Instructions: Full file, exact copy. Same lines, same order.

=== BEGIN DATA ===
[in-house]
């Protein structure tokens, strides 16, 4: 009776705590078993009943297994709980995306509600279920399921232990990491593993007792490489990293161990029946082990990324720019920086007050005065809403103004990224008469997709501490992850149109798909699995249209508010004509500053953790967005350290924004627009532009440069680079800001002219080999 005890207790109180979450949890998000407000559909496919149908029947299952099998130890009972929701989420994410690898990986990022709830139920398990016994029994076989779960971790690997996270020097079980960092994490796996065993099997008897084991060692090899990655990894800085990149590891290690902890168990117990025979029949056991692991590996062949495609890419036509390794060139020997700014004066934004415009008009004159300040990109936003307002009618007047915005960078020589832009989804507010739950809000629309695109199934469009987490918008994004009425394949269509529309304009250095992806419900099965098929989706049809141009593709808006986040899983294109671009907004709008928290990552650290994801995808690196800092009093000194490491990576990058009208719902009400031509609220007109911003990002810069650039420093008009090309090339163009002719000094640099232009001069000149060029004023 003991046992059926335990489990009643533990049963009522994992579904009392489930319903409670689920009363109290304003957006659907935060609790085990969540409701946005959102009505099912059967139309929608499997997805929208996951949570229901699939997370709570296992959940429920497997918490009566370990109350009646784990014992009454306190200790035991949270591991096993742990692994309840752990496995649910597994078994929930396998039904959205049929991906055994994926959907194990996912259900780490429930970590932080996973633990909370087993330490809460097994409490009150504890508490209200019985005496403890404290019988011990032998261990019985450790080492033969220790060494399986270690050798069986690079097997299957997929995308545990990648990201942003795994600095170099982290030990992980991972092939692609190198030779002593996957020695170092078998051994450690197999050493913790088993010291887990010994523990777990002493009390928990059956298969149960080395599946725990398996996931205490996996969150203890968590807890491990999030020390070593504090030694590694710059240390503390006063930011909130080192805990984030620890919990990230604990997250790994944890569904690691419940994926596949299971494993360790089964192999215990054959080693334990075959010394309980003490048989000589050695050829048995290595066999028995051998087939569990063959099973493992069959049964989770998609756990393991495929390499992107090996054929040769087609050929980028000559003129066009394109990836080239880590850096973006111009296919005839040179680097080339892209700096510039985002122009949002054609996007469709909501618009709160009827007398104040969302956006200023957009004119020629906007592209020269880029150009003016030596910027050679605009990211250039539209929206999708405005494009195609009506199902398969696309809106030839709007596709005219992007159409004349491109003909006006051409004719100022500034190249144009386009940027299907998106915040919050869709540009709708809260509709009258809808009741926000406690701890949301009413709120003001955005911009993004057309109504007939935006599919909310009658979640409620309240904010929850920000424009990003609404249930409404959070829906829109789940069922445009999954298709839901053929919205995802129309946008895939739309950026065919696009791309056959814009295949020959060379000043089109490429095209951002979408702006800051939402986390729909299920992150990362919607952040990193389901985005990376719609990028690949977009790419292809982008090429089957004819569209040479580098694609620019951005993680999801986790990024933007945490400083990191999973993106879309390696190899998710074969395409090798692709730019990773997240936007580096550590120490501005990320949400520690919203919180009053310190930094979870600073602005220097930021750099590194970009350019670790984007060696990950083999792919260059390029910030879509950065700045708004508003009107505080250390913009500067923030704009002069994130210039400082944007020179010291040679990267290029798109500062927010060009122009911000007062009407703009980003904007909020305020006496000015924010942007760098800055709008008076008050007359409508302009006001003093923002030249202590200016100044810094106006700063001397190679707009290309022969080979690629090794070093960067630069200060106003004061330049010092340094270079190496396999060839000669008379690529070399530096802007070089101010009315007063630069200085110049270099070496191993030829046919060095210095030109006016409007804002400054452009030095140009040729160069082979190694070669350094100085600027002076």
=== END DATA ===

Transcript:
[in-house]
């Protein structure tokens, strides 16, 4: 009776705590078993009943297994709980995306509600279920399921232990990491593993007792490489990293161990029946082990990324720019920086007050005065809403103004990224008469997709501490992850149109798909699995249209508010004509500053953790967005350290924004627009532009440069680079800001002219080999 005890207790109180979450949890998000407000559909496919149908029947299952099998130890009972929701989420994410690898990986990022709830139920398990016994029994076989779960971790690997996270020097079980960092994490796996065993099997008897084991060692090899990655990894800085990149590891290690902890168990117990025979029949056991692991590996062949495609890419036509390794060139020997700014004066934004415009008009004159300040990109936003307002009618007047915005960078020589832009989804507010739950809000629309695109199934469009987490918008994004009425394949269509529309304009250095992806419900099965098929989706049809141009593709808006986040899983294109671009907004709008928290990552650290994801995808690196800092009093000194490491990576990058009208719902009400031509609220007109911003990002810069650039420093008009090309090339163009002719000094640099232009001069000149060029004023 003991046992059926335990489990009643533990049963009522994992579904009392489930319903409670689920009363109290304003957006659907935060609790085990969540409701946005959102009505099912059967139309929608499997997805929208996951949570229901699939997370709570296992959940429920497997918490009566370990109350009646784990014992009454306190200790035991949270591991096993742990692994309840752990496995649910597994078994929930396998039904959205049929991906055994994926959907194990996912259900780490429930970590932080996973633990909370087993330490809460097994409490009150504890508490209200019985005496403890404290019988011990032998261990019985450790080492033969220790060494399986270690050798069986690079097997299957997929995308545990990648990201942003795994600095170099982290030990992980991972092939692609190198030779002593996957020695170092078998051994450690197999050493913790088993010291887990010994523990777990002493009390928990059956298969149960080395599946725990398996996931205490996996969150203890968590807890491990999030020390070593504090030694590694710059240390503390006063930011909130080192805990984030620890919990990230604990997250790994944890569904690691419940994926596949299971494993360790089964192999215990054959080693334990075959010394309980003490048989000589050695050829048995290595066999028995051998087939569990063959099973493992069959049964989770998609756990393991495929390499992107090996054929040769087609050929980028000559003129066009394109990836080239880590850096973006111009296919005839040179680097080339892209700096510039985002122009949002054609996007469709909501618009709160009827007398104040969302956006200023957009004119020629906007592209020269880029150009003016030596910027050679605009990211250039539209929206999708405005494009195609009506199902398969696309809106030839709007596709005219992007159409004349491109003909006006051409004719100022500034190249144009386009940027299907998106915040919050869709540009709708809260509709009258809808009741926000406690701890949301009413709120003001955005911009993004057309109504007939935006599919909310009658979640409620309240904010929850920000424009990003609404249930409404959070829906829109789940069922445009999954298709839901053929919205995802129309946008895939739309950026065919696009791309056959814009295949020959060379000043089109490429095209951002979408702006800051939402986390729909299920992150990362919607952040990193389901985005990376719609990028690949977009790419292809982008090429089957004819569209040479580098694609620019951005993680999801986790990024933007945490400083990191999973993106879309390696190899998710074969395409090798692709730019990773997240936007580096550590120490501005990320949400520690919203919180009053310190930094979870600073602005220097930021750099590194970009350019670790984007060696990950083999792919260059390029910030879509950065700045708004508003009107505080250390913009500067923030704009002069994130210039400082944007020179010291040679990267290029798109500062927010060009122009911000007062009407703009980003904007909020305020006496000015924010942007760098800055709008008076008050007359409508302009006001003093923002030249202590200016100044810094106006700063001397190679707009290309022969080979690629090794070093960067630069200060106003004061330049010092340094270079190496396999060839000669008379690529070399530096802007070089101010009315007063630069200085110049270099070496191993030829046919060095210095030109006016409007804002400054452009030095140009040729160069082979190694070669350094100085600027002076």